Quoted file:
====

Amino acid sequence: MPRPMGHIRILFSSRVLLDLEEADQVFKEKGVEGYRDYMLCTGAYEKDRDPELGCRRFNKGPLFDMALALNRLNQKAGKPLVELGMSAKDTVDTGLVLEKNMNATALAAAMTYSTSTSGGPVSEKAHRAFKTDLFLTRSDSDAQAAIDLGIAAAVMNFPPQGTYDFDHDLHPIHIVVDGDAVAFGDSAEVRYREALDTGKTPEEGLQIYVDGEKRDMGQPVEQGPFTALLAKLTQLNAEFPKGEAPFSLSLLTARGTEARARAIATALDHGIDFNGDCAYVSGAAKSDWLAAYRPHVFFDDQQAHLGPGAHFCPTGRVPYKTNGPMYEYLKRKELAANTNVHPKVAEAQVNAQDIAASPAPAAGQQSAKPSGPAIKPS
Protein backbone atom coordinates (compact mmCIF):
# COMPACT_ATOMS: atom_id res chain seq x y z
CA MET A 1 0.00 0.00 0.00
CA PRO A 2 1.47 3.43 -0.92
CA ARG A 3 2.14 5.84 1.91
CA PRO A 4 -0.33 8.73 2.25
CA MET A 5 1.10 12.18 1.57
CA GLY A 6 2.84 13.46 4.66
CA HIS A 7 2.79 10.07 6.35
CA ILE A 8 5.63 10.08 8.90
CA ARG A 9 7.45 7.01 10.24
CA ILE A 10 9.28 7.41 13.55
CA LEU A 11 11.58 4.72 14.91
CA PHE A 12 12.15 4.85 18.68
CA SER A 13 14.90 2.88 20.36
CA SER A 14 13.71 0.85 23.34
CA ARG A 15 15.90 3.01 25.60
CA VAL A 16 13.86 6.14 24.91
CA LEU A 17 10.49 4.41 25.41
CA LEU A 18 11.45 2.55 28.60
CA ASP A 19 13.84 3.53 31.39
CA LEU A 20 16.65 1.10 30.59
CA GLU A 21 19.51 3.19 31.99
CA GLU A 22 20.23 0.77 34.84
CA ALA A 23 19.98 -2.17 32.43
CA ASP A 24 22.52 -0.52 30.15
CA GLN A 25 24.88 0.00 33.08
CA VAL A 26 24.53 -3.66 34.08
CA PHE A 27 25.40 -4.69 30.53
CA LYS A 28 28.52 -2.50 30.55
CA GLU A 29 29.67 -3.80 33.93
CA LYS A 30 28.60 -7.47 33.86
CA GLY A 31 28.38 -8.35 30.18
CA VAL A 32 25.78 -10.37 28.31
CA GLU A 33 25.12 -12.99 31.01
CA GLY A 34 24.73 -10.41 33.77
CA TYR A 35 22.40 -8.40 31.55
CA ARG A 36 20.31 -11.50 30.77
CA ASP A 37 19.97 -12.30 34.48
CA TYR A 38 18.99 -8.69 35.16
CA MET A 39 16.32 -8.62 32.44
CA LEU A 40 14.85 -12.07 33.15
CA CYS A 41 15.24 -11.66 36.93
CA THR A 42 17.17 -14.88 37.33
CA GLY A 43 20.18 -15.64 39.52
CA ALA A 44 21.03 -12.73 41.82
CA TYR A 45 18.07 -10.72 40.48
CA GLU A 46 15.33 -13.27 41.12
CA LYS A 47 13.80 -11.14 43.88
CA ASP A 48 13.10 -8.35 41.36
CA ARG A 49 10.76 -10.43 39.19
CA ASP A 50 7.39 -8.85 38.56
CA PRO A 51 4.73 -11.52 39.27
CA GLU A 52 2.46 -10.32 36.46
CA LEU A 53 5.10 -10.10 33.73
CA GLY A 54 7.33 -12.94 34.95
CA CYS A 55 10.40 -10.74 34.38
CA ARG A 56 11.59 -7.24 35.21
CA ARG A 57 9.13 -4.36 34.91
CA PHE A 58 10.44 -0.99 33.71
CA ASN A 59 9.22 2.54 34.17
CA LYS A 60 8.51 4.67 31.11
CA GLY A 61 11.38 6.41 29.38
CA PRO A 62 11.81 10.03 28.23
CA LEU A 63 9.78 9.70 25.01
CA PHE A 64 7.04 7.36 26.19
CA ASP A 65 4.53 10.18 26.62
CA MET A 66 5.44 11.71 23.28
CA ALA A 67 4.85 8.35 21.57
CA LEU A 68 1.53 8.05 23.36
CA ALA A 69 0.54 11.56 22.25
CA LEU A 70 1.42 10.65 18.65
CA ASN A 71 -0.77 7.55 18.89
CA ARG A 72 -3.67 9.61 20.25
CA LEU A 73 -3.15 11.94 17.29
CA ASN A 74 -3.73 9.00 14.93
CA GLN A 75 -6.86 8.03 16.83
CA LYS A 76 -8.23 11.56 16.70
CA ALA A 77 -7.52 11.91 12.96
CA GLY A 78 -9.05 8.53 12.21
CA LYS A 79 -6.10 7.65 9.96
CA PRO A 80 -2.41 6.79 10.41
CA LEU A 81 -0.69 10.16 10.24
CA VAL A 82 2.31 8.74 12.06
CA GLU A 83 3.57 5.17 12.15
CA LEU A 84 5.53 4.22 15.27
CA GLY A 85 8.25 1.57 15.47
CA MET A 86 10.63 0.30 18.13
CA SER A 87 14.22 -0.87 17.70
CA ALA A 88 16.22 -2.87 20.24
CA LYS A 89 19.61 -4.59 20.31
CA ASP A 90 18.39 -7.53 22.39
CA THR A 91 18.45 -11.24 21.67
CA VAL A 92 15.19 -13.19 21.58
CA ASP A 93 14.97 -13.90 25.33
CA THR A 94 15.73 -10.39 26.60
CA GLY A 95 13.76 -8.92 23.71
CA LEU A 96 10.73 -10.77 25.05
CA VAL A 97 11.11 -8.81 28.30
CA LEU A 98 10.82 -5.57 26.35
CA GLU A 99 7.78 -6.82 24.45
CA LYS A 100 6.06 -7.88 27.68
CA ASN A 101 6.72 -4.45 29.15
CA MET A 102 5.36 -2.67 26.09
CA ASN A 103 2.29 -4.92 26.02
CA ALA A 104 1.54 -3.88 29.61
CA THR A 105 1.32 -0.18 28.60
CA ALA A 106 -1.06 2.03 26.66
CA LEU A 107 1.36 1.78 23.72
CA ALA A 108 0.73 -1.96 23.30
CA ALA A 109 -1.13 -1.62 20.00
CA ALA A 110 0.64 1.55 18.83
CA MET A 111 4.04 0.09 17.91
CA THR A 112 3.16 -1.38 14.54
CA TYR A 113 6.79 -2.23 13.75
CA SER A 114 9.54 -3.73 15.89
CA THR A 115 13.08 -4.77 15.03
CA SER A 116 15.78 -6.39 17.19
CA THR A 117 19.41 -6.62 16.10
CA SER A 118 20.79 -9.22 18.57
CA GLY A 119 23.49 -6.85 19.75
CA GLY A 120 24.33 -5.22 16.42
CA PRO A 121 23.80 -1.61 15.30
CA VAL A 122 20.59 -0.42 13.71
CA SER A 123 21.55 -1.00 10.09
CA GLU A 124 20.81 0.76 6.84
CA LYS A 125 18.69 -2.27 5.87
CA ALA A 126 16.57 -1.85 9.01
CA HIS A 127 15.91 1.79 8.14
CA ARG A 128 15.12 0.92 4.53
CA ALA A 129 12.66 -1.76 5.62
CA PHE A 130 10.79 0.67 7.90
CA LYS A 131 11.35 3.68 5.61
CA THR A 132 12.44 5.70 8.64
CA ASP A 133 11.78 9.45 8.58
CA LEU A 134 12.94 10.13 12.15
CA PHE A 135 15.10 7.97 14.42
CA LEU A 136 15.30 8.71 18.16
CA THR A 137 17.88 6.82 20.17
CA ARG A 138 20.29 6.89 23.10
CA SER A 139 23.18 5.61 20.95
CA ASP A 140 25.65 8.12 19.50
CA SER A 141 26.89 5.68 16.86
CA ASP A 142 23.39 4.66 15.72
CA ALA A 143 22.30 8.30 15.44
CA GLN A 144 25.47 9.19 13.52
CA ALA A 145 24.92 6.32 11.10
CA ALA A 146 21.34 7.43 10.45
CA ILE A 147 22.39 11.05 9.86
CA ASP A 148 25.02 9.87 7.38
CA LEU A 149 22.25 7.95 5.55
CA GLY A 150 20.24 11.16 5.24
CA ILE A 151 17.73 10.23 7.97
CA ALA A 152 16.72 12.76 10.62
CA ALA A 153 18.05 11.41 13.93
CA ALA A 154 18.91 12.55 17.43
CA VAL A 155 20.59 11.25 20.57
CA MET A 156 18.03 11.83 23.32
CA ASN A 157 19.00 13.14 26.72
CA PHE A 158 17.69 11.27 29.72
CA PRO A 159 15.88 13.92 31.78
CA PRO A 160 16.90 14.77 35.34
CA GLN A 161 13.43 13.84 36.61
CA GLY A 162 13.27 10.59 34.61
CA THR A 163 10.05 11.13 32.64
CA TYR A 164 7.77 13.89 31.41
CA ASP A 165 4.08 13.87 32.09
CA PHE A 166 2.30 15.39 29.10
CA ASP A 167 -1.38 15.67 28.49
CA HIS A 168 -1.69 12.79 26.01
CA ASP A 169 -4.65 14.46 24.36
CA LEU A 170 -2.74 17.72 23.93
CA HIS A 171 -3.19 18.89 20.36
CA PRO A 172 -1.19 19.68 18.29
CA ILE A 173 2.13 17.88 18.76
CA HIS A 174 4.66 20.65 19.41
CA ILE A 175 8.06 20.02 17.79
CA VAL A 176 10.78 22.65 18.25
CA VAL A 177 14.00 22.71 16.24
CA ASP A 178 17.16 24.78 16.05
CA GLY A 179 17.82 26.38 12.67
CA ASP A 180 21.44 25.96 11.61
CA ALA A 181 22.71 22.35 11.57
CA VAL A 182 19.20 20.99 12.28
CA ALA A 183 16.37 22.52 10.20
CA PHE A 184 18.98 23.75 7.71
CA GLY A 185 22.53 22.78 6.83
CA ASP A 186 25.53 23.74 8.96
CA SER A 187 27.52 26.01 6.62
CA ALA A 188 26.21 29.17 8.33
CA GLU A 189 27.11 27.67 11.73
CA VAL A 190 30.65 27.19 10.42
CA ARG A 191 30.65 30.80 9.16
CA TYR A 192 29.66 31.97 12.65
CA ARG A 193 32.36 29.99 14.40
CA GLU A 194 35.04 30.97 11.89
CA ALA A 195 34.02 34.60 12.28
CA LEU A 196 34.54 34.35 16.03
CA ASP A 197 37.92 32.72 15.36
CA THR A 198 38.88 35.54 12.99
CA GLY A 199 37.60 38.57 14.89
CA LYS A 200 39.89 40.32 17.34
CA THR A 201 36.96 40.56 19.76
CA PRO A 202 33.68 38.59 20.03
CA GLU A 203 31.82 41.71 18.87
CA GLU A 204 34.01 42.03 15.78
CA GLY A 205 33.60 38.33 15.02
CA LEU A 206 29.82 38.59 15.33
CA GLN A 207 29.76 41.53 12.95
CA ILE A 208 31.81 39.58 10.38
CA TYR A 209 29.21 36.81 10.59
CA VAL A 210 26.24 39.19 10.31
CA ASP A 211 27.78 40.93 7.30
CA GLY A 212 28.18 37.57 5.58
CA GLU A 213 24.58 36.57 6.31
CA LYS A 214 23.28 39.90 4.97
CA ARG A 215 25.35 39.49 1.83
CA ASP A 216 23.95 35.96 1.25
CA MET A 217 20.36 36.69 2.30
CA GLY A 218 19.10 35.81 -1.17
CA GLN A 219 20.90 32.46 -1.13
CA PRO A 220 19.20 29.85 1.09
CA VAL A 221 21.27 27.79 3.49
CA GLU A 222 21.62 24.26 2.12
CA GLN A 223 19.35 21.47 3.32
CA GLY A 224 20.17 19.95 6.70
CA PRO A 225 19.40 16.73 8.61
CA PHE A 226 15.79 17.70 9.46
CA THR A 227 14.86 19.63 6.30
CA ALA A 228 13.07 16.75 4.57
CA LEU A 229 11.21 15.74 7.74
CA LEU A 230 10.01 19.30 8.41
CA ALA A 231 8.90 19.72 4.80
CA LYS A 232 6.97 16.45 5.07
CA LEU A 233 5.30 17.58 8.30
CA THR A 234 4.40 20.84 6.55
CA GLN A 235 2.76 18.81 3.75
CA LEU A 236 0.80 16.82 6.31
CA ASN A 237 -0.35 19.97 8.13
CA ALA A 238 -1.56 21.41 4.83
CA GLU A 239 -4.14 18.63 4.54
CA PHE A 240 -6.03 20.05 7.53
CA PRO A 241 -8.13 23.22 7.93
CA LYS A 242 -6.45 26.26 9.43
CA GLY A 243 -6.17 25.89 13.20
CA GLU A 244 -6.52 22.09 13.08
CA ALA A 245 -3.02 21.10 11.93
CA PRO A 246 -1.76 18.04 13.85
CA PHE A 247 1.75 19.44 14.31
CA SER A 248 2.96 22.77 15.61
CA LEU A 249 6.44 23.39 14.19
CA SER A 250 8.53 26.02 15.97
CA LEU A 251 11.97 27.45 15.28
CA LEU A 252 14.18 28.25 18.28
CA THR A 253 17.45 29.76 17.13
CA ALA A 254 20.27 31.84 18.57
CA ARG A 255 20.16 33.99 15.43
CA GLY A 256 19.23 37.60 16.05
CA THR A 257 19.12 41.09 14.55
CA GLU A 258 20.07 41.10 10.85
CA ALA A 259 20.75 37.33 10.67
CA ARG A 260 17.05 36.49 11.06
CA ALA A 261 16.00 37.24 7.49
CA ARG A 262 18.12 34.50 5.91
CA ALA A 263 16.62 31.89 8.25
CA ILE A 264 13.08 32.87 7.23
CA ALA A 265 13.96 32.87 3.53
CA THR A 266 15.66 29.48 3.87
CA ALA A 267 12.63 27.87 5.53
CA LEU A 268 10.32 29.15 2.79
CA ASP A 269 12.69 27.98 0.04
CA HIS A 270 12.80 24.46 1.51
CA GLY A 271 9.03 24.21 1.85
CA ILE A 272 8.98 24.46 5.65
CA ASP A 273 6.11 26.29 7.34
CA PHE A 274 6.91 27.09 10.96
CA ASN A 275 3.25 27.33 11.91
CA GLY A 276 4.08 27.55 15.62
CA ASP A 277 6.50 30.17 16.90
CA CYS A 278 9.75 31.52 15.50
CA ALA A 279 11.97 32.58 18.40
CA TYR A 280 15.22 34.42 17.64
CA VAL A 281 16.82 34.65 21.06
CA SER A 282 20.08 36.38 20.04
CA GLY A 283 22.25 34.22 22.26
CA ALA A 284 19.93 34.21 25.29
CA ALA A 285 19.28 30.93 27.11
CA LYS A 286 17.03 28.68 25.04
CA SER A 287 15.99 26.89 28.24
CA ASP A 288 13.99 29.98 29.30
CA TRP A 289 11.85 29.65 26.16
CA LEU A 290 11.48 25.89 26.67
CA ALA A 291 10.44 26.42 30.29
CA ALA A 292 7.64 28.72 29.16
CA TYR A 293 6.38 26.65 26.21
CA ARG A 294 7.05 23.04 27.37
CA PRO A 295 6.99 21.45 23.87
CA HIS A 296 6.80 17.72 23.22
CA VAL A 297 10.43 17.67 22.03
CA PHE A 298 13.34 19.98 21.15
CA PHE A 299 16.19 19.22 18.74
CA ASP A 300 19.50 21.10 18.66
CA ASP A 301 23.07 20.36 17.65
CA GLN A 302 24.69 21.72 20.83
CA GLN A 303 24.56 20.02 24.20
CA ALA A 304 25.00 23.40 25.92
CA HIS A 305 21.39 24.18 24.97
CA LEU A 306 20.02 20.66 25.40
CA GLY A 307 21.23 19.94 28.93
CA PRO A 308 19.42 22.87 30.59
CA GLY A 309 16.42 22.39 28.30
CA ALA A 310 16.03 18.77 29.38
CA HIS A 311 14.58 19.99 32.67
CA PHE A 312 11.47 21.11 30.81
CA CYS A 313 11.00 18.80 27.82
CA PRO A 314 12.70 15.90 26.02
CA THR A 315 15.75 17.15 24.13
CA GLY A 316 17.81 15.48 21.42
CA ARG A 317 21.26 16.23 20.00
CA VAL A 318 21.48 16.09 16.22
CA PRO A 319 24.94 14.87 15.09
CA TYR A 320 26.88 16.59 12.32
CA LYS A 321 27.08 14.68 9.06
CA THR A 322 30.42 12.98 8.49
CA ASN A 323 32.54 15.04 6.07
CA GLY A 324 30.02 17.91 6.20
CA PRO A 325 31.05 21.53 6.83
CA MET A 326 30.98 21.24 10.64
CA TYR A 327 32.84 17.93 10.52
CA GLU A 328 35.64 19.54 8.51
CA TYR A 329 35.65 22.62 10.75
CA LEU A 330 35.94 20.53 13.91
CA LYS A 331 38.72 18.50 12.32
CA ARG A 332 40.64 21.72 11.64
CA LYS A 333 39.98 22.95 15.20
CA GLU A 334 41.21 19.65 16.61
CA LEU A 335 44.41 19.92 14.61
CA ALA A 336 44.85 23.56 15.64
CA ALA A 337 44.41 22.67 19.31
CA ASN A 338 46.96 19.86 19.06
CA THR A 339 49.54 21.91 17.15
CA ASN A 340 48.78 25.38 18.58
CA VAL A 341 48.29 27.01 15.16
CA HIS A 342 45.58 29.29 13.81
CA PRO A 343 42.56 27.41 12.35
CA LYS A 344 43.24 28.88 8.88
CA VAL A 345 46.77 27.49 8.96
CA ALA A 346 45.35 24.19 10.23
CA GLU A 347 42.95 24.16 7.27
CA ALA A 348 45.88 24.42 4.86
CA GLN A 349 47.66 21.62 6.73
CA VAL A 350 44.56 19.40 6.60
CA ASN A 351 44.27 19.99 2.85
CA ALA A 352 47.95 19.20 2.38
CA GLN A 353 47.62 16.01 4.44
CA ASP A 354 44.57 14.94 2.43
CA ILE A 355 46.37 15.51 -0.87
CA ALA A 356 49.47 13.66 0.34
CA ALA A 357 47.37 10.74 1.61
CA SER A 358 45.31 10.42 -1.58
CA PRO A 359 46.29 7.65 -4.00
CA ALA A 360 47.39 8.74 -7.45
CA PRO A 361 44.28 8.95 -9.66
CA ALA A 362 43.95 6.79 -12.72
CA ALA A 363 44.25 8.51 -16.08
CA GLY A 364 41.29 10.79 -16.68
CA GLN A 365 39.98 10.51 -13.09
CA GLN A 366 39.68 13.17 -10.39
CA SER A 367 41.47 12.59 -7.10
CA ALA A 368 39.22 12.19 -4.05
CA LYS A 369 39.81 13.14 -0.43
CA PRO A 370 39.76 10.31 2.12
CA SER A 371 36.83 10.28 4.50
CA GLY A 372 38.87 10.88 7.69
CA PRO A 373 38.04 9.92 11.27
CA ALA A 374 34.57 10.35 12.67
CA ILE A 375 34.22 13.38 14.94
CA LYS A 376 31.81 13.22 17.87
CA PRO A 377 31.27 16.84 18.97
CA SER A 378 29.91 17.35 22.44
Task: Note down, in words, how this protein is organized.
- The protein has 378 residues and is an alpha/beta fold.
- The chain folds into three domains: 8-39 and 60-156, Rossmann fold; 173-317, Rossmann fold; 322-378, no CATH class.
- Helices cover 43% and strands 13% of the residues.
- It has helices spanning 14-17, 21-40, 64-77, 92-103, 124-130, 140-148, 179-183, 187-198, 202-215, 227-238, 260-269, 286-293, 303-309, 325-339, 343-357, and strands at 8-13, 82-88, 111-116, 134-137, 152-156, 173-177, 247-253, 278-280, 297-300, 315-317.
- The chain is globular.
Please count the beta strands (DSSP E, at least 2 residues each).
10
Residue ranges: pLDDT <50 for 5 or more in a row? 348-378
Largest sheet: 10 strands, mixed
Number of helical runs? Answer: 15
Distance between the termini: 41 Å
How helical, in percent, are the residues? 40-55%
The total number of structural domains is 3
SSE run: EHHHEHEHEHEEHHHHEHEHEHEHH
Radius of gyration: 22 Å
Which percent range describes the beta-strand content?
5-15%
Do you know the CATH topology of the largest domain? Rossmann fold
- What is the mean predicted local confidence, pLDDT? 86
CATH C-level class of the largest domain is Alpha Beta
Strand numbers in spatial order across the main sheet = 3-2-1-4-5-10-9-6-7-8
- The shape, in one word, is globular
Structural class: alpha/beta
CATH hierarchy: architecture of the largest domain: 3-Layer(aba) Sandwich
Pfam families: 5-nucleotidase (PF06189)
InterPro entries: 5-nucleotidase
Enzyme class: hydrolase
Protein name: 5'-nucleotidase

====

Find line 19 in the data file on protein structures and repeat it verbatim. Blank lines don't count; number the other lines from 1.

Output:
CA VAL A 16 13.86 6.14 24.91